All entries for December 2016

The Real-Life SPECTRE | The $500 Billion Economic Espionage Problem

Ask most Americans what they know about the word “espionage” and they might answer something about the CIA battling the KGB during the Cold War, maybe a tuxedo-clad James Bond drinking martinis, or big brother spy satellites reading license plates from space. All kidding aside, most Americans are unaware of the serious problem which the FBI labels as the “second greatest threat (behind terrorism) to the US homeland.” So what is this menacing threat? I am, of course, speaking of economic espionage from hostile foreign entities - essentially the real-life SPECTRE!

Just like the fictional SPECTRE from the classic (and most recent) James Bond films, hostile foreign intelligence services (FIS), hacktivists, business competitors, and cyber-criminals have gotten into the act of stealing billions of dollars-worth of American intellectual property and business intelligence (IP/BI) for their own staggering financial gain.

While most Americans probably recognize that governments spy on each other for national security reasons, it may surprise them to know that the theft of military secrets has been supplemented by governments stealing secrets which pertain to corporate investment plans, competitive bidding strategies, research and development formulas, and other business related areas. If you were to take a poll of all the Fortune 500 CEOs in the United States, and asked what keeps them up at night, you might be surprised to discover that economic espionage ranks very high among their most worrisome concerns. In fact, one out of every four cases that the FBI is currently investigating involves economic espionage!

According to the Economic Espionage Act of 1996, economic espionage is defined as the theft or misappropriation of a trade secret with the intent of knowledge that the offense will benefit any foreign government, foreign instrumentality, or foreign agent. As such, it should come as no surprise that countries such as China, Russia, France, Iran, Cuba, Israel, Japan, and India are commonly alleged to have involvement with the theft of valuable U.S. business secrets. Most of the time these countries deny any involvement with economic espionage activities, however on some occasions they are caught “red-handed” or simply boast about their successes. One of the most notable cases (or myths – depending upon who you ask), involved the admission from retired director of the French intelligence service (Direction Generale de la Secuirite Exterierure – DGSE) Pierre Marion. Marion, on more than one occasion confessed publicly to installing audio devices in the business class cabin of Air France flights to listen in on the conversations of American businesspersons.

To justify the action, Marion was quoted as saying:

“This espionage activity is an essential way for France to keep abreast of international commerce and technology. Of course, it was directed against the United States as well as others. You must remember that while we are allies in defense matters, we are also economic competitors in the world.”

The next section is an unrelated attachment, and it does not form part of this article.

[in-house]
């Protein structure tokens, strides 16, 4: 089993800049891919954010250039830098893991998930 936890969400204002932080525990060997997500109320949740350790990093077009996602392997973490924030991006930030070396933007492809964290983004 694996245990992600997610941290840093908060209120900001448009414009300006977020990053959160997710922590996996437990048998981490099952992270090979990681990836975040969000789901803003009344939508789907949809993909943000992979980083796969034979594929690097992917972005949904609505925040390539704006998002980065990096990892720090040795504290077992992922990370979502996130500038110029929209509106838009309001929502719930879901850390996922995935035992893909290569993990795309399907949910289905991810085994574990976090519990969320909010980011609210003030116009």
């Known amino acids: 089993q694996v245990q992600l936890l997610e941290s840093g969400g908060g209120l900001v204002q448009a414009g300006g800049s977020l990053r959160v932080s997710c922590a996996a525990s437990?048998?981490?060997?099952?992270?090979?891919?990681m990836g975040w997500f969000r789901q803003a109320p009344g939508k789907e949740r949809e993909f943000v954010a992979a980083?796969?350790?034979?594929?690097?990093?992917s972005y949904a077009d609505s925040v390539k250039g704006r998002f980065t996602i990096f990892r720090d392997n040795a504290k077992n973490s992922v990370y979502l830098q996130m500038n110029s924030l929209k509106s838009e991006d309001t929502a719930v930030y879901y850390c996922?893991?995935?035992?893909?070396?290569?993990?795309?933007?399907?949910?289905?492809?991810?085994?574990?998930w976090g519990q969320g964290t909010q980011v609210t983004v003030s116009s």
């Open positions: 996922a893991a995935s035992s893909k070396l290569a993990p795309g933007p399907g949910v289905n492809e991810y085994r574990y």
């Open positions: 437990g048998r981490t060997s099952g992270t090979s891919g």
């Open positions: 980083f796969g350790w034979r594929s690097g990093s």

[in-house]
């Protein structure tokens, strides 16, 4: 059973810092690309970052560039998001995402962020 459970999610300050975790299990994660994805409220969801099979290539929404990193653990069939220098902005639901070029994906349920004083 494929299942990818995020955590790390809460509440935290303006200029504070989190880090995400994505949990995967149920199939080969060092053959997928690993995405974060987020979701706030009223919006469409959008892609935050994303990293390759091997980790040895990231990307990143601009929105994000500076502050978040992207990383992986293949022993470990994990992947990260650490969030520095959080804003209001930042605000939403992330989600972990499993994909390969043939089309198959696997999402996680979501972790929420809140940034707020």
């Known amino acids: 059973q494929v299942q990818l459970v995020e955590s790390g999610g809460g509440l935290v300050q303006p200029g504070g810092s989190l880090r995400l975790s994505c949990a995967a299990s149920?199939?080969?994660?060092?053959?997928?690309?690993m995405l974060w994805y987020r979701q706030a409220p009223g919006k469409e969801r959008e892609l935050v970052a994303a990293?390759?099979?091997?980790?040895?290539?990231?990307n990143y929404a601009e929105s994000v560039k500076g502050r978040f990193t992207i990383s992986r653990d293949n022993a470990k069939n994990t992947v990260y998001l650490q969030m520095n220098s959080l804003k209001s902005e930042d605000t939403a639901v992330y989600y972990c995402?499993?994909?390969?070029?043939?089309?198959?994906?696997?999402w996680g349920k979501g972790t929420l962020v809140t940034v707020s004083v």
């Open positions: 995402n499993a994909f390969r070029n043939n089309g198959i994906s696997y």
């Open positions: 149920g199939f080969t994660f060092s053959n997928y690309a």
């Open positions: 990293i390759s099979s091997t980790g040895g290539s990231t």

In 2013, I released my first book entitled, Among Enemies: Counter-Espionage for the Business Traveler. While performing research on global espionage cases, my conclusion was that $300 billion dollars-worth of American intellectual property and business intelligence (IP/BI) was stolen annually by hostile foreign intelligence services (FIS), economic competitors, and “private collectors” (i.e., cyber thieves/hackers selling stolen information to the highest bidders). Later that same year, the US Congress released their own findings from the IP Commission on the Theft of American Intellectual Property, which was led by former Director of National Intelligence, Denis Blair, and former Ambassador to China, Jon Hunstman. The study concluded similar findings that the US was losing $300 billion annually. At the writing of this article (December 2016), the FBI reports that the number has now increased 40% to $500 billion. In fact, Forbes Magazine – citing Juniper Research – claimed that increased levels of hacktivism, coupled with bigger targets of opportunity, will push that figure up to $2.1 trillion by 2019!

So Where Does it End? Protecting Against Economic Espionage

Self-preservation in the competitive corporate arena has always been about survival of the fittest. Now, however, it is not just about having the best product, the smartest employees, or most financial resources. Economic espionage has become such an equalizer that smaller international firms can skip the expensive R&D phase and simply cheat their way into the market. Although the FBI and other US Government agencies, such as the Office of National Counterintelligence Executive (OCNIX), are doing their best to educate the business community about the threats of espionage, the onus will still fall on the individual companies in the future.

Only through internal employee training programs, which focus on the importance of adhering to enhanced counter-espionage policies and procedures, will valuable IP/BI stay out of foreign hands. Sorry James Bond, but it looks like you will need help from the private sector if you’re going to stop these SPECTRE-like organizations from committing economic espionage in the coming years.

Luke Bencie is the Managing Director for Security Management International, LLC a global intelligence advisory firm located in the Washington DC area. He is also the author of Among Enemies: Counter-Espionage for Business Travelersand Global Security Consulting: How to Build a Thriving International Practice. He can be reached at

Corporate Espionage: Modern Updates to an Ancient Tactic

The contemporary business tie has a long and unexpected history behind it tracing its way back through Victorian fashion and Fifteenth Century Parisian fancies it seems as if the necktie originated originated as a cravat worn by Croatian Warriors so modern business men wear your armor boldly. Preventing corporate espionage is as important as your professionalism!